By David Dodge & Dylan Thompson
Energy efficiency is the big missing link in determining the long-term cost of owning a home, much like when you buy a new car or fridge. There’s a reason we hear so much about miles per gallon. The big difference is your fridge already has an EnerGuide sticker and so does your car.
For example the purchase price of a new water heater represents only 12 per cent of the cost of owning and using a water heater. Fully 88 per cent of the costs are the energy costs of operating the appliance.
This is why it’s weird and unfortunate that we don’t put more emphasis on understanding how energy efficient our homes are.
Know what you’re buying
When Mike Melross went home-shopping, excellent energy efficiency was a must have. He bought a Landmark home in 2011, which had an EnerGuide label and a rating of 82 under the old EnerGuide system. This was well above a code-built home at the time.
But Melross isn’t a “code-built” kind of homebuyer. He works in the energy transition unit for the City of Edmonton and he’s involved with a program to significantly ramp up the use of EnerGuide labels in homes.
The city wants us all to reduce our emissions as a climate change mitigation strategy, but energy efficiency also make a lot of sense for us average home owners since it will reduce operating costs, make our homes more comfortable and help guard us against some inevitable future energy price increases and carbon levies.
As Melross explains, the EnerGuide labeling process is much more than a label.
“An energy advisor comes out, reviews all the components of your home, and does something called a ‘blower door test.’ That blower door test actually determines how many air exchanges per hour your home has,” says Melross. They check your insulation, your heating system, your appliance, light bulbs and they look for places that are sucking energy in your home.
The results “get put into a model, and the model will put out a rating for you home that says how many gigajoules that home will use under standard operating conditions,” says Melross.
But it doesn’t end there. EnerGuide auditors will also produce “a renovation upgrade report – that is a personalized roadmap to energy efficiency for your home.”
In Mike’s home he already had a 97 per cent efficient furnace, a heat recovery ventilator (to pre heat fresh air coming in to the home), above average insulation, an on-demand water heater and energy efficient lights.
He also had already done a few upgrades: “I’ve added 3.8 kilowatts of solar, photovoltaics. I’ve added a drain heat recovery system, and I’ve improved some of the insulation in the basement as well.”
Meanwhile EnerGuide has been busy improving the EnerGuide-for-homes rating system. The rating labels now provide a measure of how much energy your home uses in gigajoules instead of the old number system.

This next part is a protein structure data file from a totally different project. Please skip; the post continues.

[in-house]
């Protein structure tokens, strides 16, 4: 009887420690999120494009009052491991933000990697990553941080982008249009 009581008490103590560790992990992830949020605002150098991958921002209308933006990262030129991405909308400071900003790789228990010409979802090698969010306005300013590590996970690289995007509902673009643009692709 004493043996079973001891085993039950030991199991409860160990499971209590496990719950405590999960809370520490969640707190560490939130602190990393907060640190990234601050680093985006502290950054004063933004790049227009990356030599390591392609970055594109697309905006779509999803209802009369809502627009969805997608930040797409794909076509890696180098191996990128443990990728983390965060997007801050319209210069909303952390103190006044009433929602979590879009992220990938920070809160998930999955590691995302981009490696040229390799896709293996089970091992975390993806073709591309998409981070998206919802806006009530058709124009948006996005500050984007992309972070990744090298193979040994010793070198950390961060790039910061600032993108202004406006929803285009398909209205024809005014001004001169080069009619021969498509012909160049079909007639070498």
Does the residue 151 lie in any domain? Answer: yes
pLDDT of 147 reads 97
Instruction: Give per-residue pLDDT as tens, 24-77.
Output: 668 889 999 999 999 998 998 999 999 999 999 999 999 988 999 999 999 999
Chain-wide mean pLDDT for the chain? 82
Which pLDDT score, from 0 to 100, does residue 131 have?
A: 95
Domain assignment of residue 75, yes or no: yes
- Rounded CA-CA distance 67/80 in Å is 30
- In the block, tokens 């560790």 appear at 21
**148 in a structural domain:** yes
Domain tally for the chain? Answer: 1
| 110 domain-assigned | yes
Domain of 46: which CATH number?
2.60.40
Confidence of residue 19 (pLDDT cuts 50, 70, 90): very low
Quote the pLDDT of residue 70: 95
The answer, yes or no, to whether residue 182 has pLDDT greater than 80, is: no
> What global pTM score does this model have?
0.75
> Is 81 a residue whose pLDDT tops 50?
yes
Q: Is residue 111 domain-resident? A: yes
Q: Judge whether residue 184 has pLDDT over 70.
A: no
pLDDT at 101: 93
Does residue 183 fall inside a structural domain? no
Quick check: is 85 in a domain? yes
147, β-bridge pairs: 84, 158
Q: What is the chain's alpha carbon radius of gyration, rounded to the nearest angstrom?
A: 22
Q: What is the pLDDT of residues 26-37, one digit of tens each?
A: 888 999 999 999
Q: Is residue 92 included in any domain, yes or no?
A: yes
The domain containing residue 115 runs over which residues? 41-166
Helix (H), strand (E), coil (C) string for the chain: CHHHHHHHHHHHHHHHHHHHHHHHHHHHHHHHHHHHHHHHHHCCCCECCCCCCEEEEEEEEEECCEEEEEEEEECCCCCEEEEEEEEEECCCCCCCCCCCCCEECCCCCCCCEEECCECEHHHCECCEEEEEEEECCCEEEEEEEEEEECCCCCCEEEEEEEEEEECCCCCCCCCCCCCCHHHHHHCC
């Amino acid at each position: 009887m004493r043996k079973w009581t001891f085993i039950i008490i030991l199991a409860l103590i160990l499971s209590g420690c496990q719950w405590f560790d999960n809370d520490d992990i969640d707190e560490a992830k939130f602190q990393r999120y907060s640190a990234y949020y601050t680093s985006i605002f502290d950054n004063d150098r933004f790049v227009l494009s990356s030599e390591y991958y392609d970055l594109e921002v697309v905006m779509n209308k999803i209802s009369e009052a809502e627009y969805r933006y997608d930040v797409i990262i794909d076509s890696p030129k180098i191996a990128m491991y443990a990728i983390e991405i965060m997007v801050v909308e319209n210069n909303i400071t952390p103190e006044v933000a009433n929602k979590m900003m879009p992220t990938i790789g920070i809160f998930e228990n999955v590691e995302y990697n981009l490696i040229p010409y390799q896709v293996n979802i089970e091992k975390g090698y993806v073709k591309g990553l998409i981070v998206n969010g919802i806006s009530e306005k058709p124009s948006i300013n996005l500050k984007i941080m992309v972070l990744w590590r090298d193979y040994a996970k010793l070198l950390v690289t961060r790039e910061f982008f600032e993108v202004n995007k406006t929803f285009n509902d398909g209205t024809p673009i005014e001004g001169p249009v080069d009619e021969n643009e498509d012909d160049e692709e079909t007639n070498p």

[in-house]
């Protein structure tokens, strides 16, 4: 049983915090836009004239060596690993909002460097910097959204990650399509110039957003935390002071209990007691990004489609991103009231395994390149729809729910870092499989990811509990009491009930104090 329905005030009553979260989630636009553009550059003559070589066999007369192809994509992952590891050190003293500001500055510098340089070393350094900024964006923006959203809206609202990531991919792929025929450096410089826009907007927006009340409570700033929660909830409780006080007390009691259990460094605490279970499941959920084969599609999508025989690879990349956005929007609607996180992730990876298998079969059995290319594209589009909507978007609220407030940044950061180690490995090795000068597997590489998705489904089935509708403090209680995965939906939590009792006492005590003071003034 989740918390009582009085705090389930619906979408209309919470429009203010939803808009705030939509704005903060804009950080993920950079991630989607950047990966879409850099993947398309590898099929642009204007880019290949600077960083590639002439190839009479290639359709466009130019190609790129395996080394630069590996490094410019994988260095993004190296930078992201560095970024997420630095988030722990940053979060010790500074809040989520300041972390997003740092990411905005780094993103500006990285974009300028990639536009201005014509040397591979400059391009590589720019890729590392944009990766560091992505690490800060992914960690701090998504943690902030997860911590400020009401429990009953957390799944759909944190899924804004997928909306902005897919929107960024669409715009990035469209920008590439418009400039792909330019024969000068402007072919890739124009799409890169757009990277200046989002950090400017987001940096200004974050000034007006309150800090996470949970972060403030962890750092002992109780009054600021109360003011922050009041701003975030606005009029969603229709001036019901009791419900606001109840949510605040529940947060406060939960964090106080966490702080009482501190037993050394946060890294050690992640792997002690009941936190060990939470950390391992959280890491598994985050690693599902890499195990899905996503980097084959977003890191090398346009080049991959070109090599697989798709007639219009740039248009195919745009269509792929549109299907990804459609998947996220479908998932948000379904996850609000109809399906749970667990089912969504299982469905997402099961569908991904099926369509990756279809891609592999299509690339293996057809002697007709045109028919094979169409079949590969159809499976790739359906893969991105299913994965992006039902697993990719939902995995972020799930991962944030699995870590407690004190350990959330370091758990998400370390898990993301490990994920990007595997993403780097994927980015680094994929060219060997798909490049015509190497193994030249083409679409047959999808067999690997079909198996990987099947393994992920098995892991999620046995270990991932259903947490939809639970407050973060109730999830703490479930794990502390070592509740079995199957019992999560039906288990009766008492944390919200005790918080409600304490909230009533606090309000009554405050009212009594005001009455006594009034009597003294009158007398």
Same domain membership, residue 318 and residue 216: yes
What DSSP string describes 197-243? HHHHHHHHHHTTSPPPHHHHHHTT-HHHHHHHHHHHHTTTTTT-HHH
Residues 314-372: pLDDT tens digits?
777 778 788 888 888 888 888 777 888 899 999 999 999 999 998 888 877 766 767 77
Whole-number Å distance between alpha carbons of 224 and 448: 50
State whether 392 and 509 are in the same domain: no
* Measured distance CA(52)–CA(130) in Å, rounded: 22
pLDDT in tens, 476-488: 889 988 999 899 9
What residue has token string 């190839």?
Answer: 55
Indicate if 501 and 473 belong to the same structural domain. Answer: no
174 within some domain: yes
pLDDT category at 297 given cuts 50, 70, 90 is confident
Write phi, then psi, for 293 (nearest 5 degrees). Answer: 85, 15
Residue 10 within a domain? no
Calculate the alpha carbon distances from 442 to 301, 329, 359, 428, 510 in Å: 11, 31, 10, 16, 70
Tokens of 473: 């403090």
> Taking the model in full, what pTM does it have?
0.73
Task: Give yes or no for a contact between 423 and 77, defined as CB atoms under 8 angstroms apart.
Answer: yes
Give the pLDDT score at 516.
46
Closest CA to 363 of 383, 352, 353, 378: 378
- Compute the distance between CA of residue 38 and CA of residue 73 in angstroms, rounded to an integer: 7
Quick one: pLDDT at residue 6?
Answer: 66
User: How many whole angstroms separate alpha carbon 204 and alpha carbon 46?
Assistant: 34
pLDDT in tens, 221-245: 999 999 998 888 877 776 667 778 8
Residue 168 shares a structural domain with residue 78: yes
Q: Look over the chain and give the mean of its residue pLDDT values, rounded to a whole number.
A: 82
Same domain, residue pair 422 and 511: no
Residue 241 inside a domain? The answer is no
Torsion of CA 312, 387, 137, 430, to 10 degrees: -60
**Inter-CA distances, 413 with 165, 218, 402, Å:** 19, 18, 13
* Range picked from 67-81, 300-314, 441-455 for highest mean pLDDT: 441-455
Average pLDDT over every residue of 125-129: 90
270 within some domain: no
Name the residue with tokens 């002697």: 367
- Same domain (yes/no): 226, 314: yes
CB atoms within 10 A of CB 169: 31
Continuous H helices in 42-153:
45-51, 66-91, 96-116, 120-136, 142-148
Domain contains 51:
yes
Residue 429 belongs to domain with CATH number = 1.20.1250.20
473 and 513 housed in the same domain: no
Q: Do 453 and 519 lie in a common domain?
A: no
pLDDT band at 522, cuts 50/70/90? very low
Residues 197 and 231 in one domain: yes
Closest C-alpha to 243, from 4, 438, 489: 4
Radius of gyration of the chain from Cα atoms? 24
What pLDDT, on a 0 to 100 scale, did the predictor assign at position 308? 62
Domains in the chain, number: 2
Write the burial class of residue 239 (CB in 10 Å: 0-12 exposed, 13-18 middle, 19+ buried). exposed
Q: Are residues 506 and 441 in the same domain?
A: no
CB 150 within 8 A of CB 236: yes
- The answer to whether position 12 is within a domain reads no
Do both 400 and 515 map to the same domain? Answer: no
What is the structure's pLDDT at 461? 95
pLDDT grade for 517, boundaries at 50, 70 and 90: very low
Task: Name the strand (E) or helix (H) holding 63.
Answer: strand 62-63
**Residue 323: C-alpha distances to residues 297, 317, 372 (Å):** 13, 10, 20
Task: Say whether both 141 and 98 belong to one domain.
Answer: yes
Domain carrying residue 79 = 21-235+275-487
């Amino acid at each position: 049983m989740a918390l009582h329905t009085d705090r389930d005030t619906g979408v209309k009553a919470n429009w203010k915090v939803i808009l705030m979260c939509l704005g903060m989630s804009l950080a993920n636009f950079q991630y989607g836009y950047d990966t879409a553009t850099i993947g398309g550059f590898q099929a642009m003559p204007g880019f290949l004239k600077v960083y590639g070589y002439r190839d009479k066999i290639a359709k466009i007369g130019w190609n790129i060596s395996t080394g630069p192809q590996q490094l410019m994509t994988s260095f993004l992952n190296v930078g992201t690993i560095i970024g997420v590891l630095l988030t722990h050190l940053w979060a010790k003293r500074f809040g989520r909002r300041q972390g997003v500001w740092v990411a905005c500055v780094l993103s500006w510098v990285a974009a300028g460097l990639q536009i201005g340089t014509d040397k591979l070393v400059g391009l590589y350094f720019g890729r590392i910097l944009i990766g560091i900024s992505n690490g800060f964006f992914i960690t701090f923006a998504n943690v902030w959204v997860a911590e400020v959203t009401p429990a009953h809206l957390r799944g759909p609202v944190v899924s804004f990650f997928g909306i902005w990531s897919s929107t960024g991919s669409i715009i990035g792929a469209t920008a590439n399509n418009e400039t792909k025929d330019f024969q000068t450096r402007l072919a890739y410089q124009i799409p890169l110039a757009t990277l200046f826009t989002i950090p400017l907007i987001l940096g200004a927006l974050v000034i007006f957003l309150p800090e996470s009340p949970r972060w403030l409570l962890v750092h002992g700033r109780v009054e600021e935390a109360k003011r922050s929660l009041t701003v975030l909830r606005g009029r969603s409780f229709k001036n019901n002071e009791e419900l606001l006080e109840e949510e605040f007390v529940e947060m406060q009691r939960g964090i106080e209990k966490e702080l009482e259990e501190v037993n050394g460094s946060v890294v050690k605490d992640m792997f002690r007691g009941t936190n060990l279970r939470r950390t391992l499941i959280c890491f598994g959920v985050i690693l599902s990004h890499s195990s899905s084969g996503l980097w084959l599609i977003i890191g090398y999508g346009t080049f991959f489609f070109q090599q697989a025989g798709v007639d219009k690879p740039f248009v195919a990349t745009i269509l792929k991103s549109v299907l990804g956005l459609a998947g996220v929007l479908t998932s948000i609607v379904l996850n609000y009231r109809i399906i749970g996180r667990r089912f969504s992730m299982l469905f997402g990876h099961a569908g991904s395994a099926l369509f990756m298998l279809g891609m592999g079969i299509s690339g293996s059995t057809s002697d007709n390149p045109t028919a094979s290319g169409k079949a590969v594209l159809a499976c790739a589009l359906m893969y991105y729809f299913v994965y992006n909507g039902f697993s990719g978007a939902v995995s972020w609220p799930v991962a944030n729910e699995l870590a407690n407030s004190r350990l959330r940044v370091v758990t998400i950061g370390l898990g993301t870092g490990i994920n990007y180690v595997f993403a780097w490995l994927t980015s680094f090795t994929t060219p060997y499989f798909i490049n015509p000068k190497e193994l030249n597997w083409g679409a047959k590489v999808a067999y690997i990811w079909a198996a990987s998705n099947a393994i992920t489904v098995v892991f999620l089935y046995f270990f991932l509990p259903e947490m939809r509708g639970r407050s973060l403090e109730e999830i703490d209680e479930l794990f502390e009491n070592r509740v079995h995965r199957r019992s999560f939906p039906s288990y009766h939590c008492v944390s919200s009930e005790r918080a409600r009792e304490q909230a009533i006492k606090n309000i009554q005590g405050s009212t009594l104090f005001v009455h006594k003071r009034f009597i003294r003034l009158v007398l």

So Melross got a second audit of his home.
“I feel like I’m a relatively informed person, so I did move forward with some of those things without the audit. But the audit did find some very interesting things that I’m going to follow up on in the next few months,” says Melross.
The new EnerGuide label – The race to zero
“My home came with an EnerGuide label and it was originally rated at 82 out of a 100 scale, and 100 is a Net-Zero home under that old scale. So 82 is a pretty efficient home. Under the new label, that scale flips. So, you want to get closer to zero, and my home is actually 69 gigajoules per year which is about 32 per cent better than a home that’s built today which, in my case, was 103 gigajoules per year,” says Melross.
Funny thing is, the second audit found a few holes in his home.
“In my bathroom rough-in area, is there is ducting that’s installed for the exhaust system of the bathroom, and that was just left open to the outdoors. And so what we did is, all we did was tape it up with duct tape and it impacted my air exchanges quite substantially.”
A code-built new home would have about 2.5 air exchanges per hour. Melross’ home has about 1.5 and a super insulted net-zero home would have less than one air exchange per hour. Fresh air is provided to these tight homes by the heat recovery ventilator that pre-heats incoming air saving 65-80 per cent of the heat from exhaust air.
Are EnerGuide for home labels part of our future?
Melross says there are about 25,000 homes that have EnerGuide labels in Edmonton and there are about 1,000 more done each year. It’s mostly driven by new home builders, especially the ones that certify their homes with Built Green.
In his role at the City of Edmonton Melross says they plan to encourage the use of home energy labelling through education, possible incentives, recognition programs and by creating materials for realtors.
You can get an EnerGuide audit and label for your home today by simply going to the Natural Resources Canada website where you will find a list of certified auditors. The audits cost around $500 and produce a wealth of information that can help you save money on energy use in your home.